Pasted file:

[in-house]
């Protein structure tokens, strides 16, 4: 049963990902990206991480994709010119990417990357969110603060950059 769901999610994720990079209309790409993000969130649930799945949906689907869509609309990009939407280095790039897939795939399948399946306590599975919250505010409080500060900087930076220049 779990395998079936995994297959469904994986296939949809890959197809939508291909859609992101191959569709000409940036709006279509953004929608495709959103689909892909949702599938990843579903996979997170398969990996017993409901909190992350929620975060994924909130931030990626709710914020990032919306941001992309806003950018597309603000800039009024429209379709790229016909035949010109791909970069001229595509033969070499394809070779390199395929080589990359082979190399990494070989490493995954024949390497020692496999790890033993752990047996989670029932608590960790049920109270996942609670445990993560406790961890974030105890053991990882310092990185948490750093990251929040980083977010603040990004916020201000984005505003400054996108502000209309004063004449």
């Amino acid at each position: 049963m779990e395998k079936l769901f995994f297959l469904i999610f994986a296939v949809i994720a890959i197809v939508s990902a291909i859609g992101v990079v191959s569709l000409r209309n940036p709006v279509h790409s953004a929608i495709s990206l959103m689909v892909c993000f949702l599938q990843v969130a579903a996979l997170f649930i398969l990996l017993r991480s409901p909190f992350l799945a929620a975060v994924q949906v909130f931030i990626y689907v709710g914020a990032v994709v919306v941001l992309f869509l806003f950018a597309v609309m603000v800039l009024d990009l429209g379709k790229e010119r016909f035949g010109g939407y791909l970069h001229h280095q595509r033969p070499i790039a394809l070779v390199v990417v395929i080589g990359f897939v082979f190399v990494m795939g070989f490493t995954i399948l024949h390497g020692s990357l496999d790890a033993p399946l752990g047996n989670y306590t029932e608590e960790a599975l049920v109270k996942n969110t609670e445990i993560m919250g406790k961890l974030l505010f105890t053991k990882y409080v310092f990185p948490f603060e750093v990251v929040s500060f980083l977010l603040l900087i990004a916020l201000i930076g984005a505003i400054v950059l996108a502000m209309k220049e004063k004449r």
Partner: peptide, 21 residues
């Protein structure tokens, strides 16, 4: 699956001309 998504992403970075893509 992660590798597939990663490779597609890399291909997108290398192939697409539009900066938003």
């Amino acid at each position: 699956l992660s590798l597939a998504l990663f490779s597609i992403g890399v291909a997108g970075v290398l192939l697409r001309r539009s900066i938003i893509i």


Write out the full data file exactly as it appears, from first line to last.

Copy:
[in-house]
């Protein structure tokens, strides 16, 4: 049963990902990206991480994709010119990417990357969110603060950059 769901999610994720990079209309790409993000969130649930799945949906689907869509609309990009939407280095790039897939795939399948399946306590599975919250505010409080500060900087930076220049 779990395998079936995994297959469904994986296939949809890959197809939508291909859609992101191959569709000409940036709006279509953004929608495709959103689909892909949702599938990843579903996979997170398969990996017993409901909190992350929620975060994924909130931030990626709710914020990032919306941001992309806003950018597309603000800039009024429209379709790229016909035949010109791909970069001229595509033969070499394809070779390199395929080589990359082979190399990494070989490493995954024949390497020692496999790890033993752990047996989670029932608590960790049920109270996942609670445990993560406790961890974030105890053991990882310092990185948490750093990251929040980083977010603040990004916020201000984005505003400054996108502000209309004063004449």
């Amino acid at each position: 049963m779990e395998k079936l769901f995994f297959l469904i999610f994986a296939v949809i994720a890959i197809v939508s990902a291909i859609g992101v990079v191959s569709l000409r209309n940036p709006v279509h790409s953004a929608i495709s990206l959103m689909v892909c993000f949702l599938q990843v969130a579903a996979l997170f649930i398969l990996l017993r991480s409901p909190f992350l799945a929620a975060v994924q949906v909130f931030i990626y689907v709710g914020a990032v994709v919306v941001l992309f869509l806003f950018a597309v609309m603000v800039l009024d990009l429209g379709k790229e010119r016909f035949g010109g939407y791909l970069h001229h280095q595509r033969p070499i790039a394809l070779v390199v990417v395929i080589g990359f897939v082979f190399v990494m795939g070989f490493t995954i399948l024949h390497g020692s990357l496999d790890a033993p399946l752990g047996n989670y306590t029932e608590e960790a599975l049920v109270k996942n969110t609670e445990i993560m919250g406790k961890l974030l505010f105890t053991k990882y409080v310092f990185p948490f603060e750093v990251v929040s500060f980083l977010l603040l900087i990004a916020l201000i930076g984005a505003i400054v950059l996108a502000m209309k220049e004063k004449r």
Partner: peptide, 21 residues
């Protein structure tokens, strides 16, 4: 699956001309 998504992403970075893509 992660590798597939990663490779597609890399291909997108290398192939697409539009900066938003």
């Amino acid at each position: 699956l992660s590798l597939a998504l990663f490779s597609i992403g890399v291909a997108g970075v290398l192939l697409r001309r539009s900066i938003i893509i």